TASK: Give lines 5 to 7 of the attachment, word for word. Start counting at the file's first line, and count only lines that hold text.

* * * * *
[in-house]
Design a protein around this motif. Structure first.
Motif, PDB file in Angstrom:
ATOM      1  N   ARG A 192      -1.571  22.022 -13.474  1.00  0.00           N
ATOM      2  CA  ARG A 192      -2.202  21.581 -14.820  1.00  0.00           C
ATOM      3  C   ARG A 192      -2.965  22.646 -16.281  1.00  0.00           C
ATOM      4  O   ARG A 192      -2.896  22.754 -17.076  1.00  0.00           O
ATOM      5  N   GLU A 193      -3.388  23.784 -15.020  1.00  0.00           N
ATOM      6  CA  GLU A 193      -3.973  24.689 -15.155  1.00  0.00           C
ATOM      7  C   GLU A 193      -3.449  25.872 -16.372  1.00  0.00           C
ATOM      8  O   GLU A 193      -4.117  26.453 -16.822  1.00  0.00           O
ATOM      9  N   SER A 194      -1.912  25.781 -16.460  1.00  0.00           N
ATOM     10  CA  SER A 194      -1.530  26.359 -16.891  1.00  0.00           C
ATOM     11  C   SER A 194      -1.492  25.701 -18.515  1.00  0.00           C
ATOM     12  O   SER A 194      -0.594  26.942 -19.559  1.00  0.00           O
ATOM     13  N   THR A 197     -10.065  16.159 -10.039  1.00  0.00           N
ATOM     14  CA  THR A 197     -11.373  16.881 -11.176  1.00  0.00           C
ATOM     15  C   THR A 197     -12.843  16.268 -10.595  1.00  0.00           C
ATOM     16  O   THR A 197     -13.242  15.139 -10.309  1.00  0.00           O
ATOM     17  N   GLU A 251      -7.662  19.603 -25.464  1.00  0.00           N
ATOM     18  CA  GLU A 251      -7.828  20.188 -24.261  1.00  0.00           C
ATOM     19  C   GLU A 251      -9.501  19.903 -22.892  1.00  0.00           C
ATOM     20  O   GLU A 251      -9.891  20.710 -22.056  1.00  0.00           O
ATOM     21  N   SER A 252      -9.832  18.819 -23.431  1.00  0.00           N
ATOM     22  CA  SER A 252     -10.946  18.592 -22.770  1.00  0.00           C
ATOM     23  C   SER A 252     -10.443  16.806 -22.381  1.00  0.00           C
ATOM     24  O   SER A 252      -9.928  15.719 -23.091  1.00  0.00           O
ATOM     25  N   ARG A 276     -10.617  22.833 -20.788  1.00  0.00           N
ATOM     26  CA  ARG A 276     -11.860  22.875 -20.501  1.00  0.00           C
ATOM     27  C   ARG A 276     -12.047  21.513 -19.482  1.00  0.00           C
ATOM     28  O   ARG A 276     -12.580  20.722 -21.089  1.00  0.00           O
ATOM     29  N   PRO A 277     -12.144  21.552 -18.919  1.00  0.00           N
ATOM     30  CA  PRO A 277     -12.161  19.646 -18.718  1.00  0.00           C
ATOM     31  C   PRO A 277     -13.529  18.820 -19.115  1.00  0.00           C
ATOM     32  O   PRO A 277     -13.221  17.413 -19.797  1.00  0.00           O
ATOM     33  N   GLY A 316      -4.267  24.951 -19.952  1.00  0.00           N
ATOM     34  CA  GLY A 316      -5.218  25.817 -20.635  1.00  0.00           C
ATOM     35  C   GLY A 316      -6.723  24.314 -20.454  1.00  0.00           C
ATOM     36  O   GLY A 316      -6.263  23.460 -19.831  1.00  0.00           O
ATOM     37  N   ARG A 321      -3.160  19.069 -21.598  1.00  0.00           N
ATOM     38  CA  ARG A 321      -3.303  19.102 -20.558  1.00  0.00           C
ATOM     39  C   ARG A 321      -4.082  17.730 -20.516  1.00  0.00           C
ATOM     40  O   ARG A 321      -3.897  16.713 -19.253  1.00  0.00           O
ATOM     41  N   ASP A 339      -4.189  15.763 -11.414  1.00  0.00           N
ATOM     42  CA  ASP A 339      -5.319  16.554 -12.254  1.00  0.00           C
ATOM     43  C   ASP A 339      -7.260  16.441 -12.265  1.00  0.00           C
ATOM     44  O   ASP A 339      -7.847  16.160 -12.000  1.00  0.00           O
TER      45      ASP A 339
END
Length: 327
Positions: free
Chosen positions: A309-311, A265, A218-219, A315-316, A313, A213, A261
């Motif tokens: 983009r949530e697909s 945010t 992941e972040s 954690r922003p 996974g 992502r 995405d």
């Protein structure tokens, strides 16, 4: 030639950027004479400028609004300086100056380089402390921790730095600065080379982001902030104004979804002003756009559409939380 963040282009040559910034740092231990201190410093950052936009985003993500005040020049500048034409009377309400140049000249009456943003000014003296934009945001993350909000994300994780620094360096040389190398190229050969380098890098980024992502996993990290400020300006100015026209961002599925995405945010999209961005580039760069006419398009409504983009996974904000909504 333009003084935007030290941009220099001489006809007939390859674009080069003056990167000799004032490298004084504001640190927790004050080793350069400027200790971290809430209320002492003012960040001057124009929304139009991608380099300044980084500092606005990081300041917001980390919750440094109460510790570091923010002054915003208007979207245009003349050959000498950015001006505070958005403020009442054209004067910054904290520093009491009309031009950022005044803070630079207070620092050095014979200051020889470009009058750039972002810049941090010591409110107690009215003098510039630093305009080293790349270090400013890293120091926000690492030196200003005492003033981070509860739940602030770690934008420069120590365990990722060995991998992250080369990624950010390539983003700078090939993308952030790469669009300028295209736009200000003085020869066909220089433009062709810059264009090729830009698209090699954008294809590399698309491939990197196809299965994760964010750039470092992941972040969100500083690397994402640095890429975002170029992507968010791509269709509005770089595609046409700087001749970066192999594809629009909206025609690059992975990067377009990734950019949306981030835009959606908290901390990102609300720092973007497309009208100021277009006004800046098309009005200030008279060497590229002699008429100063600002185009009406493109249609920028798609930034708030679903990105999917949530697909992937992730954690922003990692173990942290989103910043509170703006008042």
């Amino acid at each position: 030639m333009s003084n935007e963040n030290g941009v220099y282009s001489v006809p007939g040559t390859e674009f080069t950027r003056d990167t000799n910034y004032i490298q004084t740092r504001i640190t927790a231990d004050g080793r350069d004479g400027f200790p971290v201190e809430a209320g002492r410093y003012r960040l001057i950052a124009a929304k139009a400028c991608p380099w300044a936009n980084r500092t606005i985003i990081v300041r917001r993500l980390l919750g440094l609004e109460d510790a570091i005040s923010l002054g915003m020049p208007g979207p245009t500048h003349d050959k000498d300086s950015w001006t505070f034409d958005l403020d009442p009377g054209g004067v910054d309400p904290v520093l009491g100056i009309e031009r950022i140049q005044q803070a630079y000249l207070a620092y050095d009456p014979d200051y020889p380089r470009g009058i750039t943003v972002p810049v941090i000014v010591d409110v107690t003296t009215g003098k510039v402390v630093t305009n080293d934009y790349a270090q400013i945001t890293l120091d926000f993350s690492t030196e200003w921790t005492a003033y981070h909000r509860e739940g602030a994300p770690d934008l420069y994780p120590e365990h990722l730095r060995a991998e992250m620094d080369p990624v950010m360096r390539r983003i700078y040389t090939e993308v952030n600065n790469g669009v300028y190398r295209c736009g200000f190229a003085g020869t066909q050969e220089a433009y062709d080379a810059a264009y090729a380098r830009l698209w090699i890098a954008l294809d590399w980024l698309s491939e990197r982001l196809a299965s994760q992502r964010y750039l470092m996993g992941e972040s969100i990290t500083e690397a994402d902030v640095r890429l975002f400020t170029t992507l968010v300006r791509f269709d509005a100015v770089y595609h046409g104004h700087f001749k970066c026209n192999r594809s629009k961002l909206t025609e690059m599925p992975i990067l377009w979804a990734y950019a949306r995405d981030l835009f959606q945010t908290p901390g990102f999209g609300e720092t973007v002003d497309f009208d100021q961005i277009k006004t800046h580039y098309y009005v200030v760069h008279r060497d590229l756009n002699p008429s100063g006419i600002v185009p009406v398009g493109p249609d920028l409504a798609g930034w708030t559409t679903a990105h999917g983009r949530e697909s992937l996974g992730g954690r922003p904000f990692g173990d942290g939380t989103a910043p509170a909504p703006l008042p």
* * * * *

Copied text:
ATOM      2  CA  ARG A 192      -2.202  21.581 -14.820  1.00  0.00           C
ATOM      3  C   ARG A 192      -2.965  22.646 -16.281  1.00  0.00           C
ATOM      4  O   ARG A 192      -2.896  22.754 -17.076  1.00  0.00           O